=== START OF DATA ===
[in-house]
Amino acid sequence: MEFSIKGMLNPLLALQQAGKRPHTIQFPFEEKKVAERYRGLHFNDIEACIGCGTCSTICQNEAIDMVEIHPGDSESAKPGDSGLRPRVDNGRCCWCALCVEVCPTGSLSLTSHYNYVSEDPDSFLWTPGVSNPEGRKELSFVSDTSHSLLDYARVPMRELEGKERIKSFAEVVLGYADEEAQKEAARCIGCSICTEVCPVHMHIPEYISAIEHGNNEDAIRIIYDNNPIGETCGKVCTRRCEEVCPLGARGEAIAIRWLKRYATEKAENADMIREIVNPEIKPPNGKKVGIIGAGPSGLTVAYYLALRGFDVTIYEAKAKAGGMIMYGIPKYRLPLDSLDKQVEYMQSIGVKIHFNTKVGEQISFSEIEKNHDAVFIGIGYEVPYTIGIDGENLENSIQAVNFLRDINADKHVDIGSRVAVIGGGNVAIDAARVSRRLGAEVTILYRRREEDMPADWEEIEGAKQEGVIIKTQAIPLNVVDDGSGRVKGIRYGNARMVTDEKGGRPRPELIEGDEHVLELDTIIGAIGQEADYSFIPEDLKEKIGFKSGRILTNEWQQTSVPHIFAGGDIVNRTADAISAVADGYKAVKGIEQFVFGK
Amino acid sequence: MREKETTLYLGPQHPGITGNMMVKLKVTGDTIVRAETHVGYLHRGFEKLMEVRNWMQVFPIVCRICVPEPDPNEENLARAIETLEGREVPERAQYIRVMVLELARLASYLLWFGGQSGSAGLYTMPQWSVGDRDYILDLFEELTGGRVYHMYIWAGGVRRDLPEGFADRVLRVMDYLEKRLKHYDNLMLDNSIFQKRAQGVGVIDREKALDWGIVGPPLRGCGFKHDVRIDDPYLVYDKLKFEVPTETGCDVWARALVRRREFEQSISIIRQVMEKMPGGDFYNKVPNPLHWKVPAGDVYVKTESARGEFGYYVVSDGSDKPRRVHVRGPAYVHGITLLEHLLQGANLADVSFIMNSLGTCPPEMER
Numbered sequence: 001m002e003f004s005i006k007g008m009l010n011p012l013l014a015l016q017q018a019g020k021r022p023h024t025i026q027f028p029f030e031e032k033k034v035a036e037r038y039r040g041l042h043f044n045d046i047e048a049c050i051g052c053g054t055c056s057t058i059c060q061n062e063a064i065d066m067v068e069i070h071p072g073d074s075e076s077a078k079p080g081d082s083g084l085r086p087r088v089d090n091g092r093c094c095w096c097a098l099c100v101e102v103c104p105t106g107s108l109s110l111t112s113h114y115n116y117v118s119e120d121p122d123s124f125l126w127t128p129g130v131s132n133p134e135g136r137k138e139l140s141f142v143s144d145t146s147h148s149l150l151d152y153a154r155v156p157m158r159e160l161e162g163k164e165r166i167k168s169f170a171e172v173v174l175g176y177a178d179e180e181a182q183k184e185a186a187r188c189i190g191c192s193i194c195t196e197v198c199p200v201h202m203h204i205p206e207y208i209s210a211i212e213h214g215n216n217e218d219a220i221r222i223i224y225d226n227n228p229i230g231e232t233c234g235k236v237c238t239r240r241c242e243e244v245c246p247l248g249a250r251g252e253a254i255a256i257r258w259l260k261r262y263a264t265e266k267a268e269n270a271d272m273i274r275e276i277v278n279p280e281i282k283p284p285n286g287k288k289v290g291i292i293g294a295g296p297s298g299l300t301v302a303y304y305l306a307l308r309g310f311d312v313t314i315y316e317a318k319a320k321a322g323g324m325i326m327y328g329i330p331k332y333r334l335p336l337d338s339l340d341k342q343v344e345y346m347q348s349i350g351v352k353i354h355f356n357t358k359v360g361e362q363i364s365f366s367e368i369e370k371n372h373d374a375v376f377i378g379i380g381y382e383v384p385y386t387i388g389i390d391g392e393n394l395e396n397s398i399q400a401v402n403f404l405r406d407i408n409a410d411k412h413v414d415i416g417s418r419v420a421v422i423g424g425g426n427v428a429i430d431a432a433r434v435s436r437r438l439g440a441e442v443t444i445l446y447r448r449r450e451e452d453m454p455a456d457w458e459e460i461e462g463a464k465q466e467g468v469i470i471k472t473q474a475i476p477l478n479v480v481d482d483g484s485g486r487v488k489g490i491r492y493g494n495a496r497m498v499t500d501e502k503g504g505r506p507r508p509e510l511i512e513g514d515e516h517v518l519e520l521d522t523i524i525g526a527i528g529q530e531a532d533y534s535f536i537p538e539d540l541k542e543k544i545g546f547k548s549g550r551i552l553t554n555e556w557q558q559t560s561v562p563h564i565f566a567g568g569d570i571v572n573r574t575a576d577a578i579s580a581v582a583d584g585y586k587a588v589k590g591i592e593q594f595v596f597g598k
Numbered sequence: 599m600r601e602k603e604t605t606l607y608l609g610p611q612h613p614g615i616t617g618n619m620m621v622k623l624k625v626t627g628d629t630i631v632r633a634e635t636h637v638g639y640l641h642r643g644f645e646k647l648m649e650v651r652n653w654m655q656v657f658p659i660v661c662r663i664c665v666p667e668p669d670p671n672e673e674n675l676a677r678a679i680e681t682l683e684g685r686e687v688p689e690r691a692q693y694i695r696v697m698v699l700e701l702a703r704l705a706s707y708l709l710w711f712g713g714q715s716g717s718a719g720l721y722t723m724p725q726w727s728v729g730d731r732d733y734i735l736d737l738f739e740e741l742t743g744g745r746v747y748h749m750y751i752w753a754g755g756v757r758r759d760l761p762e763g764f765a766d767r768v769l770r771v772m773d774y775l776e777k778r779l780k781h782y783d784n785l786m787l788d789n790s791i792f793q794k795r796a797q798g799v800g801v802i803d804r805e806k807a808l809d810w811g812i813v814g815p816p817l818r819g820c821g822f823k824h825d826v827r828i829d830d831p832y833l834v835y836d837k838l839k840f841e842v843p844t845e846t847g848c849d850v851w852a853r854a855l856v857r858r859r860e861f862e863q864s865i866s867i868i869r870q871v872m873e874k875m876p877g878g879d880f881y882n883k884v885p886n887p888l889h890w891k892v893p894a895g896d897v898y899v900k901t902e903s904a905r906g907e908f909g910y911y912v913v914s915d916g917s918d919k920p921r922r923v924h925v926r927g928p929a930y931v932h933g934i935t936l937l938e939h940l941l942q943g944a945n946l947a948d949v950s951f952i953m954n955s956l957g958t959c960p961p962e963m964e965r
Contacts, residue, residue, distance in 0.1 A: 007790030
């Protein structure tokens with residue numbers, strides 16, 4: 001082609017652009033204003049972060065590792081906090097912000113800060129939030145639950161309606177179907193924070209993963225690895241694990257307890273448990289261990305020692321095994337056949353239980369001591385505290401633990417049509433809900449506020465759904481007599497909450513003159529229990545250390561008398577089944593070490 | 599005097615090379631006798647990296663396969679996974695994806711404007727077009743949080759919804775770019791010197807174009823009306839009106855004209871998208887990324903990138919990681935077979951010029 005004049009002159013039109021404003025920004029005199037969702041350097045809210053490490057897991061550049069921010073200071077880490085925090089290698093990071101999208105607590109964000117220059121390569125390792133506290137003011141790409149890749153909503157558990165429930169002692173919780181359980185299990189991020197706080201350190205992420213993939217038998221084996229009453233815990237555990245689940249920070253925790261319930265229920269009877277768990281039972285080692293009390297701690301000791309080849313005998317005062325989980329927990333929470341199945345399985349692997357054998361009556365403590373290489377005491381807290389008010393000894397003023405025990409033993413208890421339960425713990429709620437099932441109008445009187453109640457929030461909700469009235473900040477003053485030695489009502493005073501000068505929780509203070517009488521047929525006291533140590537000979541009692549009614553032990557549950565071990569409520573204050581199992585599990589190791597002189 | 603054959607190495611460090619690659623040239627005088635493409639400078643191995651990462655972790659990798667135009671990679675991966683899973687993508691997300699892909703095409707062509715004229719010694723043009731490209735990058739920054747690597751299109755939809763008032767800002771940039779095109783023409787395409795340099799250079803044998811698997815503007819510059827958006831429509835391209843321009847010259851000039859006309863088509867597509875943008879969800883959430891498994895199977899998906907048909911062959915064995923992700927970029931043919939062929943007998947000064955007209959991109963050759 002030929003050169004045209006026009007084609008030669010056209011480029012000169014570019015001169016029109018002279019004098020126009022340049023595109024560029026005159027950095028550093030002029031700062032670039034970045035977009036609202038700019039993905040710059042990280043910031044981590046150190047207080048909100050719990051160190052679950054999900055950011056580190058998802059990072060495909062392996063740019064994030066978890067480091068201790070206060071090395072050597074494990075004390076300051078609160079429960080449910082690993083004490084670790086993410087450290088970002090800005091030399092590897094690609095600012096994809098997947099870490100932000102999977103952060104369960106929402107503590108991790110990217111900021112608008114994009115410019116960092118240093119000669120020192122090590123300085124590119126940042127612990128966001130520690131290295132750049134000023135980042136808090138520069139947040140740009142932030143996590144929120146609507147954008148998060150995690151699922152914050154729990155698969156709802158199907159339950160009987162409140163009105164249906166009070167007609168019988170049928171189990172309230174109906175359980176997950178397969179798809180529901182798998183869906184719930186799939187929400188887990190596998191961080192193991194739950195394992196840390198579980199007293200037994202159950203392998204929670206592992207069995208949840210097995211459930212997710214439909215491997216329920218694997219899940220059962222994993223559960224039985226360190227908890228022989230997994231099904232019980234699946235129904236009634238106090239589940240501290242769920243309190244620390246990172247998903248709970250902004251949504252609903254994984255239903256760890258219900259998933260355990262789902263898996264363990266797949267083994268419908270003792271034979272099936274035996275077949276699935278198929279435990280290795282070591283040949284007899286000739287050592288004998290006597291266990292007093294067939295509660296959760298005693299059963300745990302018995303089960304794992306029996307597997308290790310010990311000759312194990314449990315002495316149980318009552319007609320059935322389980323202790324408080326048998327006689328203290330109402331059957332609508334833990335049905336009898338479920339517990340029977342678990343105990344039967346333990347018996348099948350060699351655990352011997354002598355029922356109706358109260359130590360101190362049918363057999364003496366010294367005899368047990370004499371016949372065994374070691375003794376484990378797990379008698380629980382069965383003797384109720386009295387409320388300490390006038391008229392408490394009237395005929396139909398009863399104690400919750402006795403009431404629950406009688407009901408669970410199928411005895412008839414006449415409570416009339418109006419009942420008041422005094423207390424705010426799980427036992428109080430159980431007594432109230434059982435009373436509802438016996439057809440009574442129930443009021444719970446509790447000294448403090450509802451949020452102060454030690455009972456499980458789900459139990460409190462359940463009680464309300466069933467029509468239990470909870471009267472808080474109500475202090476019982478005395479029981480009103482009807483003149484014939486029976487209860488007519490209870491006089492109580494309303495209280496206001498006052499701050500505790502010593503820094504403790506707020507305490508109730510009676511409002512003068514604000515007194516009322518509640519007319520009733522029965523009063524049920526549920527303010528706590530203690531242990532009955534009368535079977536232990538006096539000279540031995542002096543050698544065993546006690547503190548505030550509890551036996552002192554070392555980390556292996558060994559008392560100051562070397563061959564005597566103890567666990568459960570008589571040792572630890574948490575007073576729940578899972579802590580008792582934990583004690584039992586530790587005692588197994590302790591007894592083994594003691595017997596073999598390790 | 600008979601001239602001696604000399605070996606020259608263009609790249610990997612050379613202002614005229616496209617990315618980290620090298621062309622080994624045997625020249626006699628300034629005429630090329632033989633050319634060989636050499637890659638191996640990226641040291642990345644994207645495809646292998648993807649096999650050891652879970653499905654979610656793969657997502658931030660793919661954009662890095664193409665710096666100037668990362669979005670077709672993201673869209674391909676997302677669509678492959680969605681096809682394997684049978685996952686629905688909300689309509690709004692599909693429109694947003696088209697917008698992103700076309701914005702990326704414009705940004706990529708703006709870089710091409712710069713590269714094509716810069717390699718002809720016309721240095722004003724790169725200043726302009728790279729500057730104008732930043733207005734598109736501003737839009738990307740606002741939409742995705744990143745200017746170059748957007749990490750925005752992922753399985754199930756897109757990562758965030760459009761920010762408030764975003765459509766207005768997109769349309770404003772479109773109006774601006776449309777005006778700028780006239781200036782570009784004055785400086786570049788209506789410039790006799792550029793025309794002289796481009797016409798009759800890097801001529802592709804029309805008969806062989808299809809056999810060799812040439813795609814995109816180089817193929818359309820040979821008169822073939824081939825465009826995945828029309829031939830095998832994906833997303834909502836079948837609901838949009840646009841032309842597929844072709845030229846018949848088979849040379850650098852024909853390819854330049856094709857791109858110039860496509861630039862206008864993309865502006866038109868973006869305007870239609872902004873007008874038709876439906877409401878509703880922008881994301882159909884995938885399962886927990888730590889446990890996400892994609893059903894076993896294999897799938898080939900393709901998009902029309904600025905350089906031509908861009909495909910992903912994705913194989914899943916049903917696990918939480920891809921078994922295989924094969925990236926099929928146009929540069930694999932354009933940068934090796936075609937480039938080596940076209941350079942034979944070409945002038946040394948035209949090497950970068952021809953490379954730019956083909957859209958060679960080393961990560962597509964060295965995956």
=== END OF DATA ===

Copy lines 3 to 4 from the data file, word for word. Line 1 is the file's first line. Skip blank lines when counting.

Amino acid sequence: MREKETTLYLGPQHPGITGNMMVKLKVTGDTIVRAETHVGYLHRGFEKLMEVRNWMQVFPIVCRICVPEPDPNEENLARAIETLEGREVPERAQYIRVMVLELARLASYLLWFGGQSGSAGLYTMPQWSVGDRDYILDLFEELTGGRVYHMYIWAGGVRRDLPEGFADRVLRVMDYLEKRLKHYDNLMLDNSIFQKRAQGVGVIDREKALDWGIVGPPLRGCGFKHDVRIDDPYLVYDKLKFEVPTETGCDVWARALVRRREFEQSISIIRQVMEKMPGGDFYNKVPNPLHWKVPAGDVYVKTESARGEFGYYVVSDGSDKPRRVHVRGPAYVHGITLLEHLLQGANLADVSFIMNSLGTCPPEMER
Numbered sequence: 001m002e003f004s005i006k007g008m009l010n011p012l013l014a015l016q017q018a019g020k021r022p023h024t025i026q027f028p029f030e031e032k033k034v035a036e037r038y039r040g041l042h043f044n045d046i047e048a049c050i051g052c053g054t055c056s057t058i059c060q061n062e063a064i065d066m067v068e069i070h071p072g073d074s075e076s077a078k079p080g081d082s083g084l085r086p087r088v089d090n091g092r093c094c095w096c097a098l099c100v101e102v103c104p105t106g107s108l109s110l111t112s113h114y115n116y117v118s119e120d121p122d123s124f125l126w127t128p129g130v131s132n133p134e135g136r137k138e139l140s141f142v143s144d145t146s147h148s149l150l151d152y153a154r155v156p157m158r159e160l161e162g163k164e165r166i167k168s169f170a171e172v173v174l175g176y177a178d179e180e181a182q183k184e185a186a187r188c189i190g191c192s193i194c195t196e197v198c199p200v201h202m203h204i205p206e207y208i209s210a211i212e213h214g215n216n217e218d219a220i221r222i223i224y225d226n227n228p229i230g231e232t233c234g235k236v237c238t239r240r241c242e243e244v245c246p247l248g249a250r251g252e253a254i255a256i257r258w259l260k261r262y263a264t265e266k267a268e269n270a271d272m273i274r275e276i277v278n279p280e281i282k283p284p285n286g287k288k289v290g291i292i293g294a295g296p297s298g299l300t301v302a303y304y305l306a307l308r309g310f311d312v313t314i315y316e317a318k319a320k321a322g323g324m325i326m327y328g329i330p331k332y333r334l335p336l337d338s339l340d341k342q343v344e345y346m347q348s349i350g351v352k353i354h355f356n357t358k359v360g361e362q363i364s365f366s367e368i369e370k371n372h373d374a375v376f377i378g379i380g381y382e383v384p385y386t387i388g389i390d391g392e393n394l395e396n397s398i399q400a401v402n403f404l405r406d407i408n409a410d411k412h413v414d415i416g417s418r419v420a421v422i423g424g425g426n427v428a429i430d431a432a433r434v435s436r437r438l439g440a441e442v443t444i445l446y447r448r449r450e451e452d453m454p455a456d457w458e459e460i461e462g463a464k465q466e467g468v469i470i471k472t473q474a475i476p477l478n479v480v481d482d483g484s485g486r487v488k489g490i491r492y493g494n495a496r497m498v499t500d501e502k503g504g505r506p507r508p509e510l511i512e513g514d515e516h517v518l519e520l521d522t523i524i525g526a527i528g529q530e531a532d533y534s535f536i537p538e539d540l541k542e543k544i545g546f547k548s549g550r551i552l553t554n555e556w557q558q559t560s561v562p563h564i565f566a567g568g569d570i571v572n573r574t575a576d577a578i579s580a581v582a583d584g585y586k587a588v589k590g591i592e593q594f595v596f597g598k